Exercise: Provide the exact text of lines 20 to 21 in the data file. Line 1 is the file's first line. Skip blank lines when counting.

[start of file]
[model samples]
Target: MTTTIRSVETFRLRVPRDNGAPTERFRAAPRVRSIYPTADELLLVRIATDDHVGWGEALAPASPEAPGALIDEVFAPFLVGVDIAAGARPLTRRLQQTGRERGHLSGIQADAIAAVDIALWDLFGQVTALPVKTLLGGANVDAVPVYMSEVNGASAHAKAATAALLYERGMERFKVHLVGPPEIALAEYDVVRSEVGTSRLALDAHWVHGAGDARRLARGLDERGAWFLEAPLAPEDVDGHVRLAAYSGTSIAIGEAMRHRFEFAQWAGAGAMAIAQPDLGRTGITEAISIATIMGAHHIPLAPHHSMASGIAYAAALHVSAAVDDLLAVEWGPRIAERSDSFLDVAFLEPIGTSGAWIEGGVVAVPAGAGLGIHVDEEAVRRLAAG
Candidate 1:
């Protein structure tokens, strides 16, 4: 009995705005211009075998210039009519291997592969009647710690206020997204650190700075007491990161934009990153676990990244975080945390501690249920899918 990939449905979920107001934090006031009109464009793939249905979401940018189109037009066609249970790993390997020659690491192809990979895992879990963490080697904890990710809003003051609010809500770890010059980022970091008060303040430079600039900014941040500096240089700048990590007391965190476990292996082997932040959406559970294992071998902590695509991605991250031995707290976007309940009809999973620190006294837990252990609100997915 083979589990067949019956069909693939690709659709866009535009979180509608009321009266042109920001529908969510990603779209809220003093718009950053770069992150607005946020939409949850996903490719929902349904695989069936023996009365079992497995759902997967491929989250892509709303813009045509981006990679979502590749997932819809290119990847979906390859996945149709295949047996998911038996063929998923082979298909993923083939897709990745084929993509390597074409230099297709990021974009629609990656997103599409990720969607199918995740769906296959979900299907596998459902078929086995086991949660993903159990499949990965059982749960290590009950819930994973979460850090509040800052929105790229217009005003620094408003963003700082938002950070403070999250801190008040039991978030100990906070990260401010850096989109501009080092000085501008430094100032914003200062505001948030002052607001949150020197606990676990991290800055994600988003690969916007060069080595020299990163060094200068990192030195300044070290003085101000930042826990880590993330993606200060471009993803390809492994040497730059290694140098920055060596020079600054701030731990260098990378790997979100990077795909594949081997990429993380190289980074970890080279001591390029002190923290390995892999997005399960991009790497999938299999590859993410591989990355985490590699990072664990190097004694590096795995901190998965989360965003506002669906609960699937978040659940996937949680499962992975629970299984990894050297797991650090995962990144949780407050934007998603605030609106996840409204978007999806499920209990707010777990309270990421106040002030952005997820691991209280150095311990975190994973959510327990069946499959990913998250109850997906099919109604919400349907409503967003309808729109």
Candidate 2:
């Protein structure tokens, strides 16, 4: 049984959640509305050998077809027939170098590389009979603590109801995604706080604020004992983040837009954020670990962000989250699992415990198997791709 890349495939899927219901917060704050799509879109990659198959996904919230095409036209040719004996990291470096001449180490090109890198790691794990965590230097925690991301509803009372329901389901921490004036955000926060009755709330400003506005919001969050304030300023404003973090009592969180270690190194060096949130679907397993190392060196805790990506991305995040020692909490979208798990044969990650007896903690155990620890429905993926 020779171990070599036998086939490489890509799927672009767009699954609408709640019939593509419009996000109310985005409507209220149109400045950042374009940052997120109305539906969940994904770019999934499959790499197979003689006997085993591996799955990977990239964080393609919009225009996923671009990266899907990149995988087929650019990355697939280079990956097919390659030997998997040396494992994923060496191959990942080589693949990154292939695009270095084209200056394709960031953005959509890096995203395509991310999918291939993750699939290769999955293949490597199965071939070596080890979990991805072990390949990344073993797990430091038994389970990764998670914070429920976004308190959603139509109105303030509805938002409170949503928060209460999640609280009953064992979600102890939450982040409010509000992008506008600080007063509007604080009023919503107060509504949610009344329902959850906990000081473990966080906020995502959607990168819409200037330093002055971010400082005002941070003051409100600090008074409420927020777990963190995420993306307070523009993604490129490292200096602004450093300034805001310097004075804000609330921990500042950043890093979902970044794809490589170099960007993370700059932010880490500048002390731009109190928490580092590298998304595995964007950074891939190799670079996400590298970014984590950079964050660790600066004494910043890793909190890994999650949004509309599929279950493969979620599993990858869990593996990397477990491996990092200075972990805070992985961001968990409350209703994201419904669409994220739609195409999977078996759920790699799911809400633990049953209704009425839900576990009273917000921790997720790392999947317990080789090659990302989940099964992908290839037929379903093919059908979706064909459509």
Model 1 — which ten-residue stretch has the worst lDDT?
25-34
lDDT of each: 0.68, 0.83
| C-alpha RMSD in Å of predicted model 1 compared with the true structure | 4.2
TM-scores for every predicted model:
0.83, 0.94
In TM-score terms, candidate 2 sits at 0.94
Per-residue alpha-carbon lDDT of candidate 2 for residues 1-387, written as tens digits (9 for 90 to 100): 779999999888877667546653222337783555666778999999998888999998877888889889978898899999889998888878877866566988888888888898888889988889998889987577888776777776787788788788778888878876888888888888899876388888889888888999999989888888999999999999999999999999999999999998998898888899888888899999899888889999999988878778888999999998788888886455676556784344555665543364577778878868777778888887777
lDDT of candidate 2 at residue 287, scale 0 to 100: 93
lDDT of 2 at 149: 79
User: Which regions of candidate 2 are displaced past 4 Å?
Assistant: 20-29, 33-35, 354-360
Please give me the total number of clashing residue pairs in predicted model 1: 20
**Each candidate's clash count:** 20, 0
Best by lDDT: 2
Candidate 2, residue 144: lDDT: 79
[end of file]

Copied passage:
**Each candidate's clash count:** 20, 0
Best by lDDT: 2